What does it mean to make wise choices in life? How is it possible for a sensitive teen-ager to comprehend the significance of a mother's love when its source is no longer present? How much should one risk for dreams, desires and hopes? What is it about wanting that makes it so consuming, so overpowering? Anne LeClaire's sensitive, lyrical and evocative coming-of-age novel, "Leaving Eden," provides stunning, instructive answers. Her protagonist, sixteen year-old Tallie Brock does not consider her hometown of suggestively-named Eden, Virginia to be paradise; nor does she realize that the knowledge she so earnestly seeks about life could compel her to an act of self-banishment.
What Talie does know is heartbreak and abandonment. Not once, but twice, does her mother leave her. Blessed with Natalie Wood-like looks, Dinah Mae Brock wrestles with her own need to live out her dreams. After Dinah Mae abruptly leaves her diligent, devoted husband Luddy for the hopes of realizing her life-long ambition of becoming a Hollywood stgar, her bright, inquisitive but disaffected daughter must confront her own demons and ask herself questions she is not initially prepared to confront.
Without the comfort and security of her mother, Tallie lacks "context" for her life and yearns to see the "whole picture" instead of the "jangly bits and pieces that didn't seem to fit." Insecure with her own physical appearance, a social outsider whose anxieties are exacerbated by an intolerably smug and critical maternal grandmother, Tallie has yet to discover that "things don't always have to be laid out straight as string to make sense." Trying to make sense of his own loneliness, Luddy takes to drink to obliterate pain. One parent dead, the other remote and silent, Tallie seeks answers through involvement in the Klip-N-Kurl beauty salon, where the town's women congregate to share gossip, secrets, and occasional comfort.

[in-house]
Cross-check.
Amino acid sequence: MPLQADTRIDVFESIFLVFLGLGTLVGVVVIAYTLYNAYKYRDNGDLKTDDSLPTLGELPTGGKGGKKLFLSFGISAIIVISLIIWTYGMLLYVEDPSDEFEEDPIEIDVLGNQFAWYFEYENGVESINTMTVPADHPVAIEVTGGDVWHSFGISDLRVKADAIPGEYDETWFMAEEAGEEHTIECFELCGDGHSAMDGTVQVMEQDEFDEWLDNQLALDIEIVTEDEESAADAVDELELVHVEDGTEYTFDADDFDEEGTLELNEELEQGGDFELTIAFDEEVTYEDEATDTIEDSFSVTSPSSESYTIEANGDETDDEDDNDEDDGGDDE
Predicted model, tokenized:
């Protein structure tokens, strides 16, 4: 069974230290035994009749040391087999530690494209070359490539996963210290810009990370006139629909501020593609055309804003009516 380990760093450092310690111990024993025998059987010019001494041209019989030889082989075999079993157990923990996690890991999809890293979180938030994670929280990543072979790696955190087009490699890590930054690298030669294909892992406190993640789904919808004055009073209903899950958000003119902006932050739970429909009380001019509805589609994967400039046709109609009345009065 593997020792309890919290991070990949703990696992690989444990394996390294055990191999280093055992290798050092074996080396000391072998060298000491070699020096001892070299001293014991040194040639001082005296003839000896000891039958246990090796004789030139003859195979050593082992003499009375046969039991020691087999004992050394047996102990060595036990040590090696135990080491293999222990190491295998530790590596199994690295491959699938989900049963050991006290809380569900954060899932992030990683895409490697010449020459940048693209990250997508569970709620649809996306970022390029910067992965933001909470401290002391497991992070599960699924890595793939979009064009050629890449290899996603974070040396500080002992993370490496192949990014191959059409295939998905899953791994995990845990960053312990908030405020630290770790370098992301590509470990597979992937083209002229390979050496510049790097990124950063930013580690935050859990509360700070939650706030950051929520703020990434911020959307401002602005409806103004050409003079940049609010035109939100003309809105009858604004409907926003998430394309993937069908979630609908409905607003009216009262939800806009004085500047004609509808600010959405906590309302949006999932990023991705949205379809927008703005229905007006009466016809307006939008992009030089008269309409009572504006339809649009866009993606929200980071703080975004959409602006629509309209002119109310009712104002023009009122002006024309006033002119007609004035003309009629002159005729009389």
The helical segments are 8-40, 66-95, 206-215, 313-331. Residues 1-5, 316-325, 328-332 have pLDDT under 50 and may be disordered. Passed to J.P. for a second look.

Just as quickly as she had left Eden, Dinah Mae returns, but with even more unanswered questions. The novel pivots around the issue of unresolved dreams and wants. Both mother and daughter must face how to fulfill the lives they have been given while being true to themselves and the one they love. In desperation, Tallie turns to the town's pariah "witch," whose Queen of Cures causes more consternation to Tallie than comfort. Tallie muses, "It's hard to figure out what will kill you and what will cure you" and even more difficuilt to figure out the difference, she unknowingly sets an outline for her own life.
The second abandonment is even more wrenching, more final as Tallie must observe her mother's unsuccessful battle with cancer. LeClaire is nothing less than brilliant in her exploration of an adolescent's existential anguish and resounding pain at the loss of a beloved parent. Tallie yearns to have her mother tell her "everything" she needs to know about life. As she rails at the unfairness of her mother's death, Tallie also castigates herself for her own inability to ask the right questions, provide enough solace and deflect physical pain.
As Tallie discovers "wanting is a powerful thing," she embarks on a bumpy road of self-discovery in which her sexuality, capacity for truth and ability to deceive combine to compel her to an act of self-defintion and discovery. She learns that dreams, "the conceiving of possibilities that stretch" beyond the single person, necessarily must animate life; the act of want transcends its attainment. Tallie ultimately will come to grips with one of life's greatest dilemmas, a choice between regret and remorse.